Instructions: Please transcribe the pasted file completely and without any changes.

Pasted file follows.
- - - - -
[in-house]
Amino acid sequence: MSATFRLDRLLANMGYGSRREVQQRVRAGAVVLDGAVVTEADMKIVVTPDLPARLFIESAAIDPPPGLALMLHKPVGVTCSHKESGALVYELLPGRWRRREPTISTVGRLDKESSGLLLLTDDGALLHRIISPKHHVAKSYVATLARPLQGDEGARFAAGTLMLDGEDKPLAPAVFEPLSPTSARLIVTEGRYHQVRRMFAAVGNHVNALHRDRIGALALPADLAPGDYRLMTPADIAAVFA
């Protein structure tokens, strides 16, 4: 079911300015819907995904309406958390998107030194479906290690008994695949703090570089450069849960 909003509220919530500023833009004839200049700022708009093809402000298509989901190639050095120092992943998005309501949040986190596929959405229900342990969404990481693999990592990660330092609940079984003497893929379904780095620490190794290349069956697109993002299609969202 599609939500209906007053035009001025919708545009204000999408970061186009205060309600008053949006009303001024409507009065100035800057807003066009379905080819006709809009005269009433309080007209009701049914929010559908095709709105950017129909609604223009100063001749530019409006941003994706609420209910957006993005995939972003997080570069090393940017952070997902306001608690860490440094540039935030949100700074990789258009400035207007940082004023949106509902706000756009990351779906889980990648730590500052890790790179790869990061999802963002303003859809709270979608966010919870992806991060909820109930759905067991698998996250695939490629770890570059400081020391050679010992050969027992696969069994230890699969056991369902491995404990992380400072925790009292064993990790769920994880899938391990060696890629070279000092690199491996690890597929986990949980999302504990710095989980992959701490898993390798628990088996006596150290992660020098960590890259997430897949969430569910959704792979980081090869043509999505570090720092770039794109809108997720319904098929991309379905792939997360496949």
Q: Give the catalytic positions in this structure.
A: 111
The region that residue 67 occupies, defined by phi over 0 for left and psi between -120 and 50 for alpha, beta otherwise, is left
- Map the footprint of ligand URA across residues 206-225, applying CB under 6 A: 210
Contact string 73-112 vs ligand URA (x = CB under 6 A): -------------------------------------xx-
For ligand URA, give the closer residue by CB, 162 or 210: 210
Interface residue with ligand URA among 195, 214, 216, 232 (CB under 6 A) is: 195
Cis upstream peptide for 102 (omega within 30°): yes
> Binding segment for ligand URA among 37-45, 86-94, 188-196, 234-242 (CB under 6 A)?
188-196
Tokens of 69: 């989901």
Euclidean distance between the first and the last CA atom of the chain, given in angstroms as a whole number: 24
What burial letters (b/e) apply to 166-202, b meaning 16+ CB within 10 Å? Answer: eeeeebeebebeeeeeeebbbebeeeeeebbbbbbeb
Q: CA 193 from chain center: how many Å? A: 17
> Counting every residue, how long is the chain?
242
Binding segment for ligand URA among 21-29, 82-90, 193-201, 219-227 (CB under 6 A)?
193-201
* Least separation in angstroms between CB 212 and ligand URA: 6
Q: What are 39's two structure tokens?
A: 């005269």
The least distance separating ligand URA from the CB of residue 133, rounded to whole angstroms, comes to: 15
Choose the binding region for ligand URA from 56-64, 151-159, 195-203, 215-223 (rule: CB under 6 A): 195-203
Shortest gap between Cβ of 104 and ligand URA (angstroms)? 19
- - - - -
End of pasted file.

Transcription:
[in-house]
Amino acid sequence: MSATFRLDRLLANMGYGSRREVQQRVRAGAVVLDGAVVTEADMKIVVTPDLPARLFIESAAIDPPPGLALMLHKPVGVTCSHKESGALVYELLPGRWRRREPTISTVGRLDKESSGLLLLTDDGALLHRIISPKHHVAKSYVATLARPLQGDEGARFAAGTLMLDGEDKPLAPAVFEPLSPTSARLIVTEGRYHQVRRMFAAVGNHVNALHRDRIGALALPADLAPGDYRLMTPADIAAVFA
């Protein structure tokens, strides 16, 4: 079911300015819907995904309406958390998107030194479906290690008994695949703090570089450069849960 909003509220919530500023833009004839200049700022708009093809402000298509989901190639050095120092992943998005309501949040986190596929959405229900342990969404990481693999990592990660330092609940079984003497893929379904780095620490190794290349069956697109993002299609969202 599609939500209906007053035009001025919708545009204000999408970061186009205060309600008053949006009303001024409507009065100035800057807003066009379905080819006709809009005269009433309080007209009701049914929010559908095709709105950017129909609604223009100063001749530019409006941003994706609420209910957006993005995939972003997080570069090393940017952070997902306001608690860490440094540039935030949100700074990789258009400035207007940082004023949106509902706000756009990351779906889980990648730590500052890790790179790869990061999802963002303003859809709270979608966010919870992806991060909820109930759905067991698998996250695939490629770890570059400081020391050679010992050969027992696969069994230890699969056991369902491995404990992380400072925790009292064993990790769920994880899938391990060696890629070279000092690199491996690890597929986990949980999302504990710095989980992959701490898993390798628990088996006596150290992660020098960590890259997430897949969430569910959704792979980081090869043509999505570090720092770039794109809108997720319904098929991309379905792939997360496949």
Q: Give the catalytic positions in this structure.
A: 111
The region that residue 67 occupies, defined by phi over 0 for left and psi between -120 and 50 for alpha, beta otherwise, is left
- Map the footprint of ligand URA across residues 206-225, applying CB under 6 A: 210
Contact string 73-112 vs ligand URA (x = CB under 6 A): -------------------------------------xx-
For ligand URA, give the closer residue by CB, 162 or 210: 210
Interface residue with ligand URA among 195, 214, 216, 232 (CB under 6 A) is: 195
Cis upstream peptide for 102 (omega within 30°): yes
> Binding segment for ligand URA among 37-45, 86-94, 188-196, 234-242 (CB under 6 A)?
188-196
Tokens of 69: 């989901």
Euclidean distance between the first and the last CA atom of the chain, given in angstroms as a whole number: 24
What burial letters (b/e) apply to 166-202, b meaning 16+ CB within 10 Å? Answer: eeeeebeebebeeeeeeebbbebeeeeeebbbbbbeb
Q: CA 193 from chain center: how many Å? A: 17
> Counting every residue, how long is the chain?
242
Binding segment for ligand URA among 21-29, 82-90, 193-201, 219-227 (CB under 6 A)?
193-201
* Least separation in angstroms between CB 212 and ligand URA: 6
Q: What are 39's two structure tokens?
A: 């005269």
The least distance separating ligand URA from the CB of residue 133, rounded to whole angstroms, comes to: 15
Choose the binding region for ligand URA from 56-64, 151-159, 195-203, 215-223 (rule: CB under 6 A): 195-203
Shortest gap between Cβ of 104 and ligand URA (angstroms)? 19